Maryland U.S. Sens. Chris Van Hollen and Ben Cardin joined Virginia U.S. Sens. Tim Kaine and Mark Warner in calling on the USDA to send $16 billion in aid to oyster and clam farms along the Chesapeake Bay to help them recover from the COVID-19 pandemic.
In a letter to U.S. Secretary of Agriculture Sonny Perdue, the Democratic senators wrote that oyster and clam farms have had their supply chains disrupted by the pandemic as many restaurants and hospitality venues have been forced to close.
Nearly 70 percent of seafood eaten in the U.S. is consumed at such locations, they said.
“Restrictions on restaurant operations are especially damaging to Chesapeake Bay oyster farmers, many of whom are small, family-owned businesses,” the senators wrote. “As most sales and harvests of shellfish products occur in the spring, the inability to offload products have impacted shellfish growers’ ability to prepare operations for the next production season.”
They also said the USDA could buy Chesapeake Bay shellfish under the Agricultural Marketing Service, a program where the agency purchases domestically made food and distributes it to schools, food banks and communities in need.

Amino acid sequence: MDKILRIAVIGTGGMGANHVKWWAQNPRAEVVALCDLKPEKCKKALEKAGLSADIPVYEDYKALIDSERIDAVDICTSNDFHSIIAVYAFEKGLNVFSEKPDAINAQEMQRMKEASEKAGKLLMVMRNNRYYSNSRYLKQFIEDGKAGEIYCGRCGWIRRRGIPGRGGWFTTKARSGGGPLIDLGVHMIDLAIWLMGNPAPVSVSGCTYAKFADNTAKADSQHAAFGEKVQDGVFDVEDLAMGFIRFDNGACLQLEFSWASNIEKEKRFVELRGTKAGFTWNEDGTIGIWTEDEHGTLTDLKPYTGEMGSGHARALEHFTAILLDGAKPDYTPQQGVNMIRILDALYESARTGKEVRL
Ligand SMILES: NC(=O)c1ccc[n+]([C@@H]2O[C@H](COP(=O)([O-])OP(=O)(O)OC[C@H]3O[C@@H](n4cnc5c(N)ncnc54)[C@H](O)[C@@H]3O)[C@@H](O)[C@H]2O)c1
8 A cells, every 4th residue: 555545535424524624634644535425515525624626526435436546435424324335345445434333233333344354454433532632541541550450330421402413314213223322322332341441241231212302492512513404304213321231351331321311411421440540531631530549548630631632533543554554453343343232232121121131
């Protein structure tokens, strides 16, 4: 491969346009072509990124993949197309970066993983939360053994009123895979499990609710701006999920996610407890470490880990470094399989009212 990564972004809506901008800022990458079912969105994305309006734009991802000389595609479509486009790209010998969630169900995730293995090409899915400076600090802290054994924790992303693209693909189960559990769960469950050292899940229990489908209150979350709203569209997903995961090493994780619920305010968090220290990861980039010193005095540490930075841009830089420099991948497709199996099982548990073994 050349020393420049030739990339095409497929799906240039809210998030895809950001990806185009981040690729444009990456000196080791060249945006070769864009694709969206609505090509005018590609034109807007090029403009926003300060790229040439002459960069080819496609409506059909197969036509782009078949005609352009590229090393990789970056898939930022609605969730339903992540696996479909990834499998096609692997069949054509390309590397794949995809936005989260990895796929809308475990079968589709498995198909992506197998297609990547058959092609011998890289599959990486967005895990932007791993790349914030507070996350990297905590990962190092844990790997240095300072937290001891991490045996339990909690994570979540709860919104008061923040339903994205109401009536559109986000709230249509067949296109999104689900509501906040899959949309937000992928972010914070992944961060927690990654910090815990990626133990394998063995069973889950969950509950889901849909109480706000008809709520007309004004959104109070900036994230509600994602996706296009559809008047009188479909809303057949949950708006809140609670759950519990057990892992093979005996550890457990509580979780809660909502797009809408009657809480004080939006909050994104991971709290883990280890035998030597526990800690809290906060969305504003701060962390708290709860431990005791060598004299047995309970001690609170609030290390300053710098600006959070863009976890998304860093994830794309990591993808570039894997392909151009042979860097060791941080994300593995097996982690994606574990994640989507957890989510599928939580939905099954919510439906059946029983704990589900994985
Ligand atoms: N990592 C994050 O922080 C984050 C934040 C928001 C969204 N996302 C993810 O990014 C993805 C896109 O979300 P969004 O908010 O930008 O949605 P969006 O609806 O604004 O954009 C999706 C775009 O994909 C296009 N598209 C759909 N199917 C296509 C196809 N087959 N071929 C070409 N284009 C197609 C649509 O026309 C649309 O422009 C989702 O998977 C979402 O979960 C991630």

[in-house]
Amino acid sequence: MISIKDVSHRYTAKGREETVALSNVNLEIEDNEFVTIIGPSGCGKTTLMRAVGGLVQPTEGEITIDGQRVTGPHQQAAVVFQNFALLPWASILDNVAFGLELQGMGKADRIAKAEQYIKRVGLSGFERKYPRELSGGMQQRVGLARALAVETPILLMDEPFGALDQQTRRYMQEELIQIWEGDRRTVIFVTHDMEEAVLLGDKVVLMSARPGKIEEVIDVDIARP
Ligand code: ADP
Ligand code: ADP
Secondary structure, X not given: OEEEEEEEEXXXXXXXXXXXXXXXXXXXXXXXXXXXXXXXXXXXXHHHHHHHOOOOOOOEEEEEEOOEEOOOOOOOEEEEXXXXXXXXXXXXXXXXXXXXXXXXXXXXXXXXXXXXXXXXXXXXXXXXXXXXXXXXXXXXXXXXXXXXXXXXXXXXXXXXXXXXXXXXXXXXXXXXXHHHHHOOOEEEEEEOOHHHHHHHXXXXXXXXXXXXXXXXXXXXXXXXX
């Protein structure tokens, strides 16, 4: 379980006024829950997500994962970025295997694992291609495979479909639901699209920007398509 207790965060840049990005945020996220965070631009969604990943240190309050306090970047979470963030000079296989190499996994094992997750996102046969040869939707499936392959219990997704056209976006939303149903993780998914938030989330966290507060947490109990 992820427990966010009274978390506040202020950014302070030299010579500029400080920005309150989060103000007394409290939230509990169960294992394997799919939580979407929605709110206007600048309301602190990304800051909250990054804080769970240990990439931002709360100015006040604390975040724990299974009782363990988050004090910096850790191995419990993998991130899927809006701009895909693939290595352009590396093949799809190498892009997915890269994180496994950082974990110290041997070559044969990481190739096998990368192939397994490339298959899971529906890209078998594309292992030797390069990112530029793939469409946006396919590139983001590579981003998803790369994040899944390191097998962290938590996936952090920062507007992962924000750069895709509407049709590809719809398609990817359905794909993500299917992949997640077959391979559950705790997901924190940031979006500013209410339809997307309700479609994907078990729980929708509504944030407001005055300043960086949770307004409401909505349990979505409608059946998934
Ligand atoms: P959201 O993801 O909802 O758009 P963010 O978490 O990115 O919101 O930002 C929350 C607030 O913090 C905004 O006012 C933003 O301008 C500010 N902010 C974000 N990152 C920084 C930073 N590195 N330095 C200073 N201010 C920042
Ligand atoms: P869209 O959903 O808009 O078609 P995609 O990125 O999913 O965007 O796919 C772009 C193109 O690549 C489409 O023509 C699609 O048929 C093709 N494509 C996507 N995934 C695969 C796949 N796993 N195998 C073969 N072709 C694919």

“Market-ready shellfish, including oysters and clams, can be packaged into shelf-stable products that provide valuable nutrition to the American public,” the senators wrote.
A spokesperson with the USDA did not immediately return a request for comment.
The senators said $9.5 billion could be dispersed from the Coronavirus Aid, Relief, and Economic Stability (CARES) Act, and another $6.5 billion could come from the Commodity Credit Corporation, a government-owned entity that oversees agricultural prices and income.
A survey conducted by Virginia Tech University and Ohio State University from March 23-April 10 found that only 51 percent of respondents in the aquaculture and aquaponics industries said they could “maybe” survive the next three months without outside intervention.
Another 13 percent said they could not.
In the same survey, 80 percent of operators said they have had orders canceled by private businesses because of the pandemic.
In May, the Department of Commerce allocated $300 million in CARES Act funds to fisheries across the country, of which the Maryland seafood industry received $4.1 million.
According to state agencies, the seafood industry contributes $600 million to Maryland’s economy.
Van Hollen, Cardin, Warner and Kaine said in their letter to Perdue the industry has a $4.6 billion economic impact on the Chesapeake Bay region and supports more than 30,000 jobs.
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